Climate change is arguably the biggest threat to human existence in current times. But what exactly is it and why should you be concerned?
Well, let’s start with the weather. There is the weather and there is the climate and despite opinions, the two are very different and not interchangeable. Climate is what you expect, and weather is what actually happens. When an area’s climate is described, it gives you a sense of what to expect, but not what the weather will actually be like when you get there.
And this is what is changing – the climate. Scotland’s climate is already changing with milder wetter winters, and hotter drier summers, and whilst you may think “Great! No more snow and lovely long Mediterranean summers”, the fact of the matter is that these changes will have major implications on how we live.
If you thought it was getting wetter in Scotland you were right. Since 1970 annual rainfall in Scotland has increased by about 13%, and it’s going to keep on rising. In addition, the temperature has increased by just over 1% since 1950’s and sea levels have risen by about 1.4mm per year. Whilst these numbers might seem trivial, the problem is, they are still rising.
So why is all this happening?
The Earth is surrounded by a blanket called the atmosphere. This blanket is made up of gasses including nitrogen, methane, oxygen, carbon dioxide and water vapour. Nitrogen and oxygen make up 99% of the atmosphere and have little effect on the Earth’s temperature, however the remaining gasses, of which carbon dioxide (CO2) is just 0.041%, trap heat and keep the Earth at a temperature that is (currently) habitable.
The more CO2 we emit, the more of this heat-trapping gas there is in the atmosphere and the worse the problem. And whilst CO2 is a very small percentage of all the heat-trapping gasses, it has a big influence on how much heat escapes into space.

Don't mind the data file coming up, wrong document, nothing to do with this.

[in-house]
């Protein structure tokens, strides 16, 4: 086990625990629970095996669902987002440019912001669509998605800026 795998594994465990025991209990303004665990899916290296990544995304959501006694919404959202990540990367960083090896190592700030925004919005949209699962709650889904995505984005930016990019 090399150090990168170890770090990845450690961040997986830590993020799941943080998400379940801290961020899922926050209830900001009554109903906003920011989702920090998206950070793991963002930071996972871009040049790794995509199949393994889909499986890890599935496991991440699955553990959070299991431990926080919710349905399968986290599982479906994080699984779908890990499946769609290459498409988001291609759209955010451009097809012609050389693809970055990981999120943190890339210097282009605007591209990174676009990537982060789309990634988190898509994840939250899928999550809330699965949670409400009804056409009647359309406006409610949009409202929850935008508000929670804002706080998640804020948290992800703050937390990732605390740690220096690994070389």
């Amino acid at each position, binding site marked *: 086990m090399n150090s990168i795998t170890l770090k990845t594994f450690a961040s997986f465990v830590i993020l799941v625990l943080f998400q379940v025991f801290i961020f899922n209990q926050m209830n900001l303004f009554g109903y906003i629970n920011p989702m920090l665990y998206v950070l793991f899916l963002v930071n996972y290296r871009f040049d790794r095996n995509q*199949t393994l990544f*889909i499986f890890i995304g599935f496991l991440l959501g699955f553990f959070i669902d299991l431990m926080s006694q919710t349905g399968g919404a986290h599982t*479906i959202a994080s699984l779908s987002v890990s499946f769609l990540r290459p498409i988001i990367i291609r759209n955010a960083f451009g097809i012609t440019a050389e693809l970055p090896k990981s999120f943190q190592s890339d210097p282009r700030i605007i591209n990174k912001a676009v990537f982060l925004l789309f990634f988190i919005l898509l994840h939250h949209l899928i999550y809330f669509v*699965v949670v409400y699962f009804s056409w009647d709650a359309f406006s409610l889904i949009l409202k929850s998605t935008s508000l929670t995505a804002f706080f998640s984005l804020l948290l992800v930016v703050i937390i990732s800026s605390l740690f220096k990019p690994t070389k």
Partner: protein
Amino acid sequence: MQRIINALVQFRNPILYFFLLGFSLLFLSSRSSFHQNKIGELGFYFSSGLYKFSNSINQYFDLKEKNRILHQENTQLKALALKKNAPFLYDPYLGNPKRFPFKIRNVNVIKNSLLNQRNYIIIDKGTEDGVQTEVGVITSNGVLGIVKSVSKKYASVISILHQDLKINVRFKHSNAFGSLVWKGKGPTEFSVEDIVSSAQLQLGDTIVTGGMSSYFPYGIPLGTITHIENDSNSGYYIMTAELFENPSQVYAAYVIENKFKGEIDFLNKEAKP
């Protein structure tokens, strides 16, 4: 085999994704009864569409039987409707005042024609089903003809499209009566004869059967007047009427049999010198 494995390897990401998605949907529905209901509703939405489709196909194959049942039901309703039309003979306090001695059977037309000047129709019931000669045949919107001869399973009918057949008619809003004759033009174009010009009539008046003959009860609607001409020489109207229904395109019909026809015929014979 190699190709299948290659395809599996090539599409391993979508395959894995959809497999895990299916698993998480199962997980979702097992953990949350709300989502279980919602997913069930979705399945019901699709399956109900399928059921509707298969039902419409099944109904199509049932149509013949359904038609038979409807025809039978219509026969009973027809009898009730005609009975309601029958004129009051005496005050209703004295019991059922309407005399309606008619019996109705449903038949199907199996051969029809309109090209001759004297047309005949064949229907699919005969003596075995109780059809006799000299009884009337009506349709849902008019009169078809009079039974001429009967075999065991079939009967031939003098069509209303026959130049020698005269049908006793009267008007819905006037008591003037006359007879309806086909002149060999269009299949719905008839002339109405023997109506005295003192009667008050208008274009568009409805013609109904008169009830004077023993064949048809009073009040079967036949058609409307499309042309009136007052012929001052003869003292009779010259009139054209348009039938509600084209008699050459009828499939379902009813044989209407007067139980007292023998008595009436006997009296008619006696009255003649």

Levels of CO2 in the atmosphere are currently the highest they have been for 3 million years.
Greenhouse gasses are measured in parts-per-million (PPM), and the amount of CO2 in the atmosphere is currently, according to NASA, at about 413ppm.
The last time CO2 levels were this high the planet was 3-4°C warmer, trees were growing near the South Pole, sea levels were 20 meters higher… and humans did not exist.
The safe level for CO2 was 350ppm and we passed this in 1988. Since then levels have skyrocketed.
If we stopped emitting CO2 today, to try and get back down to safe levels of greenhouse gasses in the atmosphere, it would take thousands of years.
“If we keep carbon emissions going at the current rate, by the end of the century we will have 1,000ppm,” said Martin Siegert, a geophysicist and climate-change scientist at Imperial College London.
The previously low levels of CO2 that were in the atmosphere before the industrial revolution started in 1760, were maintained by plants and animals which removed CO2 from the air and then buried it. This carbon (CO2) formed coal seams, gas and oil fields (fossil fuels), and for the past 250 years we’ve been digging it up and putting it back into the atmosphere.